Mai-Mai is the provinicial head of ophthalmology in Nampula, Mozambique. Thanks to funding from players of People’s Postcode Lottery, we have been able to train eye health workers like Mai Mai who carry out initial screening camps for eye conditions in the community and then refer people for treatment.
Mai-Mai is able to travel to hospital with the patients and is often there for the moment their bandages are removed after cataract surgery. He says: “To see people seeing their family again… The smile that they bring to me is an enormous joy.”
“Be true, honest and loving. When a father respects his family, he inspires respect and makes children of character and personality.”
“Being a father is an honour. Being able to accompany, assist, help and teach a child on the path they must walk is rewarding.”
“I have three children: one girl and two boys. When I’m away from them because of my job, every day I talk to them by the hour. I set aside the time for them every day. In short, wherever your treasure is, there is your heart.”
“The most important thing is to teach the truth, educate, teach respect and honesty.”
“I like to travel with them, have lunch or dinner together and tell anecdotes.”
“The eye health project I work on has been going for more than 10 years restoring sight for people in need, supporting infrastructures as well as the development of human resources. Currently, eye health services are located all over the province. Thanks to this project, we are increasingly controlling the dynamics of services and are committed to providing services to people with disabilities as well as women, who rarely benefit from this. We help to equip health facilities with ophthalmic services, and we have community health workers trained to help deliver eye health services.”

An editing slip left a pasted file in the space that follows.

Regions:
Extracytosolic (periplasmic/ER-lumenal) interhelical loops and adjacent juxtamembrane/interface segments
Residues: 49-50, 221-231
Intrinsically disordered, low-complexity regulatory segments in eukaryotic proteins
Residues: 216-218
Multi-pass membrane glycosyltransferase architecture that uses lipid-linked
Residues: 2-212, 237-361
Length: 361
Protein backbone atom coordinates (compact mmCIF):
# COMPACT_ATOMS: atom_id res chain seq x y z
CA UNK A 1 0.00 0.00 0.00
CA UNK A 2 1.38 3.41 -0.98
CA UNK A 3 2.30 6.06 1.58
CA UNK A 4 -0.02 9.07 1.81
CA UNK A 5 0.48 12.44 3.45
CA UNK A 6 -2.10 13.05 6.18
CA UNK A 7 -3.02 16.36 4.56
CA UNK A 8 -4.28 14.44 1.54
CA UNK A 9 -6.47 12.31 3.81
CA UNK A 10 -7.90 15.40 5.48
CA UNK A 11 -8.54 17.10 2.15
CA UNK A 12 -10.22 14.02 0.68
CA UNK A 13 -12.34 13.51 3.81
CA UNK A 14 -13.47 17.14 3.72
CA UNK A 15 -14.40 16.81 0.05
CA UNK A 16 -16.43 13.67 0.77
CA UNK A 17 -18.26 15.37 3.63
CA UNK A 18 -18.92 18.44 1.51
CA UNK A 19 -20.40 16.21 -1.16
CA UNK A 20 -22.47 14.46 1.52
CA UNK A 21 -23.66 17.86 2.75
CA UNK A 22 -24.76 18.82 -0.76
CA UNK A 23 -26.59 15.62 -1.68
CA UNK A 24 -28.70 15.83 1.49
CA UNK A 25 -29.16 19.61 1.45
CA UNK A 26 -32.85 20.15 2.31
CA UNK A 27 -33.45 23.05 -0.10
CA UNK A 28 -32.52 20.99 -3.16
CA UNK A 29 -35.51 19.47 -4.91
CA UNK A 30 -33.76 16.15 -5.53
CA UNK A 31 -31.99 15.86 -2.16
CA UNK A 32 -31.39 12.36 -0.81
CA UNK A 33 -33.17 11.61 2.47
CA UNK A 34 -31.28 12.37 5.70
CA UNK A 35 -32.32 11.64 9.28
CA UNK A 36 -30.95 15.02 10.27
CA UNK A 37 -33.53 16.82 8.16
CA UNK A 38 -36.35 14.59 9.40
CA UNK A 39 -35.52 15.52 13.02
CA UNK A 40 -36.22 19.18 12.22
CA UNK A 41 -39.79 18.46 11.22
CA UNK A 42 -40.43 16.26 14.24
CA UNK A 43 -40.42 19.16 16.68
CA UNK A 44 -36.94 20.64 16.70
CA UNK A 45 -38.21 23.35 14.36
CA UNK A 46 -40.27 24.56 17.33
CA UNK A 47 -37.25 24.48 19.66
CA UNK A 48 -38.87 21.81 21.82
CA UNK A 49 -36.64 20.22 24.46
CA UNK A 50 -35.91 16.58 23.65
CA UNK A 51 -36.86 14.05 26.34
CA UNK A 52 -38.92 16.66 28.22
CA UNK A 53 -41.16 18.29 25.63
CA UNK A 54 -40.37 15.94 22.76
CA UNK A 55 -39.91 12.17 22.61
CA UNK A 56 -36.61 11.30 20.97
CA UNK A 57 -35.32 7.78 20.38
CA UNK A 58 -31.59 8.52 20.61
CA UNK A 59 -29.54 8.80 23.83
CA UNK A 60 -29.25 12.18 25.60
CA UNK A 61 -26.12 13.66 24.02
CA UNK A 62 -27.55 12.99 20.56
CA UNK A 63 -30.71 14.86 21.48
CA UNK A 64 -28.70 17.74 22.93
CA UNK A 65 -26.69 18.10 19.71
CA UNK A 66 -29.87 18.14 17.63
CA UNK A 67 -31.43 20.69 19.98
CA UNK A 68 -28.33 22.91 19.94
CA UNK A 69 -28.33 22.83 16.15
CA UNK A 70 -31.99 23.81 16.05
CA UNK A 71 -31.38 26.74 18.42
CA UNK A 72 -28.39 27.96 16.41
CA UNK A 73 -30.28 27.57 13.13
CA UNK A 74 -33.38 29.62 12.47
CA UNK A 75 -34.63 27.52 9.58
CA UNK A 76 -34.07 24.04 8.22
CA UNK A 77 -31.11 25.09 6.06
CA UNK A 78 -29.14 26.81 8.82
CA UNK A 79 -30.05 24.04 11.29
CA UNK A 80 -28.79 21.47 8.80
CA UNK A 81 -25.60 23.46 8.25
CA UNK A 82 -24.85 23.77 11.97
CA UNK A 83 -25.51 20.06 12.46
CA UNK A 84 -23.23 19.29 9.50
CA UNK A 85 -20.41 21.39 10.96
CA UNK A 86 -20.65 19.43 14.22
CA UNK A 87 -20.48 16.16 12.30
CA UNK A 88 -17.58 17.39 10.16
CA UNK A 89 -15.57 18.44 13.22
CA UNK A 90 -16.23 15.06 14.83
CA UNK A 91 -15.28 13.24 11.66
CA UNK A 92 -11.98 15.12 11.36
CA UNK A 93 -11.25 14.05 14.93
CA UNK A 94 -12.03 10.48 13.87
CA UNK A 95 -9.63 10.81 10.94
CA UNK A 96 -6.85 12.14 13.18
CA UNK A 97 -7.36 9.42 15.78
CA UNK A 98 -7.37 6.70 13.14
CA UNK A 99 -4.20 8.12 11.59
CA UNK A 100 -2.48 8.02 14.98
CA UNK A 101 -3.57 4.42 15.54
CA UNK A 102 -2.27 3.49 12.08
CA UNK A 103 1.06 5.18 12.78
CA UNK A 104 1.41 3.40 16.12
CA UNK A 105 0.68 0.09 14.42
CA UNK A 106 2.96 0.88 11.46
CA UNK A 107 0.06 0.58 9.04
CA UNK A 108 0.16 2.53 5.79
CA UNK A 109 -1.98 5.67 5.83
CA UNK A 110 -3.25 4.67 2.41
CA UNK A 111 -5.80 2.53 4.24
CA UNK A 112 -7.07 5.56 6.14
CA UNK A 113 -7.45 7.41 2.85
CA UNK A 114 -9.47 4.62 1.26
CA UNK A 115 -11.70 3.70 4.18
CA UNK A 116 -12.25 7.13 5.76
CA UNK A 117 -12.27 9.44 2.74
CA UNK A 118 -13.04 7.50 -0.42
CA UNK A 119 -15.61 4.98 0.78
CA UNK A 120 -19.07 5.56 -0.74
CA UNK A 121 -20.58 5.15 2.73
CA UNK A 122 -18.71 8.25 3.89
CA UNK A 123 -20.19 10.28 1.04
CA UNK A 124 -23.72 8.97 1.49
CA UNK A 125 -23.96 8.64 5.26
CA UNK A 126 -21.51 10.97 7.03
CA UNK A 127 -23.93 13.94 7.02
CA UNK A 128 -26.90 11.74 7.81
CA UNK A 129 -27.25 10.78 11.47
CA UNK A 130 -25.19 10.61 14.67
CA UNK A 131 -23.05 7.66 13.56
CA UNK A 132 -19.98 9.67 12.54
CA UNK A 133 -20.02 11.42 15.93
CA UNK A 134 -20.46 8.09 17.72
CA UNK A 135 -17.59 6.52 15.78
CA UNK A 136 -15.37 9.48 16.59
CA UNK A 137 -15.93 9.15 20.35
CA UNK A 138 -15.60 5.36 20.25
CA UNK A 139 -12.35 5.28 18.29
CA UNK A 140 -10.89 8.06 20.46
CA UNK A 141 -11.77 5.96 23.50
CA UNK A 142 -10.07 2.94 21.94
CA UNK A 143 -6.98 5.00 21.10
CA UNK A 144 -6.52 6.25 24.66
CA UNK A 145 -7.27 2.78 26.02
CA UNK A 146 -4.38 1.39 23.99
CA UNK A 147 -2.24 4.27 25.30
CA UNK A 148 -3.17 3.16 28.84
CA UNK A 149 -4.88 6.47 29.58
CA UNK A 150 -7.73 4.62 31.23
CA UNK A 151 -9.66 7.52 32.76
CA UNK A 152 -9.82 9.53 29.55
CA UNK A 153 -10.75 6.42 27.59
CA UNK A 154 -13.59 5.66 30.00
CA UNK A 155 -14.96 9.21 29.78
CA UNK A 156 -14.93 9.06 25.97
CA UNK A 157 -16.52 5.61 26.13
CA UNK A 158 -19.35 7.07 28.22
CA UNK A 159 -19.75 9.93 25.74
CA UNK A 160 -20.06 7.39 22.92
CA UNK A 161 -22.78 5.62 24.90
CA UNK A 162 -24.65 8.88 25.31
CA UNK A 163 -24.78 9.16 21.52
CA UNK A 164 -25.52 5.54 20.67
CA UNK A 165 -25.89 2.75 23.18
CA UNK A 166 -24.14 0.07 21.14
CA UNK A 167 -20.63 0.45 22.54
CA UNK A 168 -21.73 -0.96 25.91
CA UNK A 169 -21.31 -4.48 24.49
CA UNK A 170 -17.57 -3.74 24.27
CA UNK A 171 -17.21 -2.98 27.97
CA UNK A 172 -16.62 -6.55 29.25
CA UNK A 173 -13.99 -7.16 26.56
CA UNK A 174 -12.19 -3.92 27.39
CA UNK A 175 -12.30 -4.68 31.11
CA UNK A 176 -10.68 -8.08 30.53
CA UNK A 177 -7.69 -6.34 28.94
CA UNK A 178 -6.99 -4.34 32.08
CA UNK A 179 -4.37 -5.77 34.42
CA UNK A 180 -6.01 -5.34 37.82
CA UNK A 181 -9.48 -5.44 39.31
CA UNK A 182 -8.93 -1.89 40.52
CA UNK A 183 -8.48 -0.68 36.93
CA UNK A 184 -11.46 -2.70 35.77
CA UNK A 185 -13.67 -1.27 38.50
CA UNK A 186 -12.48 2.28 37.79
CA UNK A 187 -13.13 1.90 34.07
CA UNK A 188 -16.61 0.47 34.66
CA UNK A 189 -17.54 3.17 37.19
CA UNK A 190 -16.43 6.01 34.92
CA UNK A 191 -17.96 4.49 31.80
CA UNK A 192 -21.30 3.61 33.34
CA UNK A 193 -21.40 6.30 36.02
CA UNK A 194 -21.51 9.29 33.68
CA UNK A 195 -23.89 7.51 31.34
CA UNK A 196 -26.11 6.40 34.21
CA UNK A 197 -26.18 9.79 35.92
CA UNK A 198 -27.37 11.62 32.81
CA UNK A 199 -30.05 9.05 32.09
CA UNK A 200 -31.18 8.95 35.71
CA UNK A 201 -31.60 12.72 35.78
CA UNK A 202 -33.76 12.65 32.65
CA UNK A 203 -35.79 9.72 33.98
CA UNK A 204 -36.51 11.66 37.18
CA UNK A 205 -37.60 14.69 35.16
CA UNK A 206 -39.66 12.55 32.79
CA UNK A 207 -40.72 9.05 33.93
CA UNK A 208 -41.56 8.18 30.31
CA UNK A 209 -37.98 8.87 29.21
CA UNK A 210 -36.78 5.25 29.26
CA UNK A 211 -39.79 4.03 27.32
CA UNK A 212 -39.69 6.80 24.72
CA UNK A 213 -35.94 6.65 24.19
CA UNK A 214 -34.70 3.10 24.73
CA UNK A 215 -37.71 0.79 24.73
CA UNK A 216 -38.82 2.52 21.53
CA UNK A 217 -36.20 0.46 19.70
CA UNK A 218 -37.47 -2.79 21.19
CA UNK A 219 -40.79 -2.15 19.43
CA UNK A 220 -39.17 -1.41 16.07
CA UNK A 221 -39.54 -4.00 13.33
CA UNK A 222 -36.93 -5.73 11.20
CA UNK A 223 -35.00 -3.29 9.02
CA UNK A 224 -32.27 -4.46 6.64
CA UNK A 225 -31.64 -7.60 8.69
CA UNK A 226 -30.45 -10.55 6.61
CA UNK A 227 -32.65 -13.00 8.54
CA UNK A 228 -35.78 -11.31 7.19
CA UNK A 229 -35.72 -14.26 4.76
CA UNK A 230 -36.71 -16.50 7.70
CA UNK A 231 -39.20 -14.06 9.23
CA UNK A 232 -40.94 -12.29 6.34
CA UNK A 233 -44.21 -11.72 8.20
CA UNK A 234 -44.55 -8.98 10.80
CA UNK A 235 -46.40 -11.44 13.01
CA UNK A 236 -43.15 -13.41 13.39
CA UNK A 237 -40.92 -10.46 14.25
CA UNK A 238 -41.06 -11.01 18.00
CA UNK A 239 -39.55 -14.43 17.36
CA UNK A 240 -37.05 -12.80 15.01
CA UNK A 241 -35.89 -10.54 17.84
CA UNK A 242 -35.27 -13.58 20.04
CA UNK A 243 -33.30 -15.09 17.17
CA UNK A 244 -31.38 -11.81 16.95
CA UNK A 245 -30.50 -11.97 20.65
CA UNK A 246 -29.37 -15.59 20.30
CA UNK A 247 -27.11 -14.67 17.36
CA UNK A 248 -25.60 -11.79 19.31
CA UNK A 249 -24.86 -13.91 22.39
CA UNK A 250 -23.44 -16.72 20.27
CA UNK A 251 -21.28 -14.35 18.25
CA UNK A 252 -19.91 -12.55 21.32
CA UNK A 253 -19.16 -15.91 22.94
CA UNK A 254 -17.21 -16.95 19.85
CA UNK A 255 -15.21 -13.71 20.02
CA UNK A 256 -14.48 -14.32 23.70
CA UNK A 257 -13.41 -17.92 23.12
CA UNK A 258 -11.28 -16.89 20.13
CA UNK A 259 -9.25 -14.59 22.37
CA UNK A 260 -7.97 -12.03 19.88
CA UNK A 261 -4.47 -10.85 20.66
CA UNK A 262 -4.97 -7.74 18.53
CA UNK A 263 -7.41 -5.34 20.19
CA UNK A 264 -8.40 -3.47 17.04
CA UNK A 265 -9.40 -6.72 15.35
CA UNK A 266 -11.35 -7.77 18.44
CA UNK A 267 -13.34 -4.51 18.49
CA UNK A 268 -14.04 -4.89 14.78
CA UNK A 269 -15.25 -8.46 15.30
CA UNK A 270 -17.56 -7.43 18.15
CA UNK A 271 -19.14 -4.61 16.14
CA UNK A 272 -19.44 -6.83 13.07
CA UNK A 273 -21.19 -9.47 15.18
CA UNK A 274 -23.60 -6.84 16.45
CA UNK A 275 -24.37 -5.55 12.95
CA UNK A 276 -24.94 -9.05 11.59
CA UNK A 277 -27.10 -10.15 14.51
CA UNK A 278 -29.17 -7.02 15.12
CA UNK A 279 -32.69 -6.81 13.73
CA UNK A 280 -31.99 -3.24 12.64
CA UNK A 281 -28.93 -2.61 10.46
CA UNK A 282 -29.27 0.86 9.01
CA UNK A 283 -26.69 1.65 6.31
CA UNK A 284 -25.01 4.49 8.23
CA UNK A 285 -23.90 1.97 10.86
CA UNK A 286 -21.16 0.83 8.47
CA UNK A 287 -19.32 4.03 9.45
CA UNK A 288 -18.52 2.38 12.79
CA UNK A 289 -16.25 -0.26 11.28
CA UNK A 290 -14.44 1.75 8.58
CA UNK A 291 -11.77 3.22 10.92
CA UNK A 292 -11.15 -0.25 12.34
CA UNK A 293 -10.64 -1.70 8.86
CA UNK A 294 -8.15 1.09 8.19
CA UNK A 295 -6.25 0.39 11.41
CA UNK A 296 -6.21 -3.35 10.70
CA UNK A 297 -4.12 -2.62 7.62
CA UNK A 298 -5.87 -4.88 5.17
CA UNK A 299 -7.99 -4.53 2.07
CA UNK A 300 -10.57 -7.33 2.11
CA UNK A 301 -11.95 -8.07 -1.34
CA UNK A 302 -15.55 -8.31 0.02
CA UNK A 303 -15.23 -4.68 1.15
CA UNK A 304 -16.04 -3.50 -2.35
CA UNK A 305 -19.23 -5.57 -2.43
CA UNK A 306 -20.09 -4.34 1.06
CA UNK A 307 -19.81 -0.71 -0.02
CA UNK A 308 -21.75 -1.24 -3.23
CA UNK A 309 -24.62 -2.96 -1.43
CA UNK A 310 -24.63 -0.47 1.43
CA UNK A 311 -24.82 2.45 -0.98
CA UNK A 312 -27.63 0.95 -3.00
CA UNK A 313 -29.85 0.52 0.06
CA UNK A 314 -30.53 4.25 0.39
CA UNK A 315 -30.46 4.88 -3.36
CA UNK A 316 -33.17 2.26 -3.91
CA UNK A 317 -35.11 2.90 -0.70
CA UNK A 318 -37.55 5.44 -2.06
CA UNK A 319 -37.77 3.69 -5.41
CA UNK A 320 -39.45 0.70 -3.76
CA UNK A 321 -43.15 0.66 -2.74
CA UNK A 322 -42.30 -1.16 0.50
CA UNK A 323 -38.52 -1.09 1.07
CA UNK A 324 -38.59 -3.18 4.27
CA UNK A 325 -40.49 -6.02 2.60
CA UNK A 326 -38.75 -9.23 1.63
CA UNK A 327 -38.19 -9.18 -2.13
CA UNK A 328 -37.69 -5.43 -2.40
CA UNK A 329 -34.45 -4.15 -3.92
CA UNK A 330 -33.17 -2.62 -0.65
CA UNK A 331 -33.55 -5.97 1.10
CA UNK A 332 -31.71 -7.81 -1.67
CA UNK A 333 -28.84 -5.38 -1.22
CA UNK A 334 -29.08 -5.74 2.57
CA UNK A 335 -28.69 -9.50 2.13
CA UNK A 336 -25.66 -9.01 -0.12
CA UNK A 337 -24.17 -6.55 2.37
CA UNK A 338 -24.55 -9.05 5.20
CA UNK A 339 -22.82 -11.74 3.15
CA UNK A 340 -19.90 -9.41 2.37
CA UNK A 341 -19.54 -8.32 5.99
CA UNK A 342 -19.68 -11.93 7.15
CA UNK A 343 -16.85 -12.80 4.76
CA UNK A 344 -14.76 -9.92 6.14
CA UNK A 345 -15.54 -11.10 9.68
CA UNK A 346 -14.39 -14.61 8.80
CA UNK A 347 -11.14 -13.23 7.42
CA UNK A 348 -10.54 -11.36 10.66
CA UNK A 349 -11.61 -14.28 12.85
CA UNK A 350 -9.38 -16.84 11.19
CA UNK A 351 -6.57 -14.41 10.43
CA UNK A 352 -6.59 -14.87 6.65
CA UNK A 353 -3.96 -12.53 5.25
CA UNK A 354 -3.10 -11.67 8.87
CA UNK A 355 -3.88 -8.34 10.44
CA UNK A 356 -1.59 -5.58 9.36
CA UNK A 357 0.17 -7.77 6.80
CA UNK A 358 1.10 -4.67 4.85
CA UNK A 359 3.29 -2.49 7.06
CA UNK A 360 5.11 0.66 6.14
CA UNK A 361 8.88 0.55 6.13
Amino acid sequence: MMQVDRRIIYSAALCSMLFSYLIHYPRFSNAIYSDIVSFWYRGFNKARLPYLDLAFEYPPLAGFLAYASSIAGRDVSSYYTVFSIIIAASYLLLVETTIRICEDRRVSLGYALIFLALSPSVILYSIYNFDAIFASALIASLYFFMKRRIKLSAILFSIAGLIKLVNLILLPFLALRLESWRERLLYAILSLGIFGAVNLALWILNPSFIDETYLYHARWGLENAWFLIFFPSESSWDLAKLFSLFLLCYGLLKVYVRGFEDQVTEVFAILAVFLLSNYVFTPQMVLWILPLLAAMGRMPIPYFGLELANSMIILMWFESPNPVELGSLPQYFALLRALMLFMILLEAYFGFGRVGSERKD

“The important thing is when people see again! They can once again do what they used to do; they no longer depend on anyone. They can easily go to school and work. They are no longer discriminated against in the community because of the disability.”
“I thank the players for the support they have given to the project to help us achieve our objectives and carry out eye health activities. This support has really helped our beneficiaries.”
Abdul is a teacher at a secondary school in Rokula in Sierra Leone. He’s one of the 180 teachers across 45 schools in the country trained by Sightsavers to become ‘inclusion champions’, to ensure children with disabilities are able to go to school and learn alongside their peers.
Abdul tells us this project is having a dramatic impact on the lives of children with disabilities. He explains that the children now “feel at home, they feel included, they are free, they don’t feel stigmatised, they interact with others. Before, they always shied away from others.”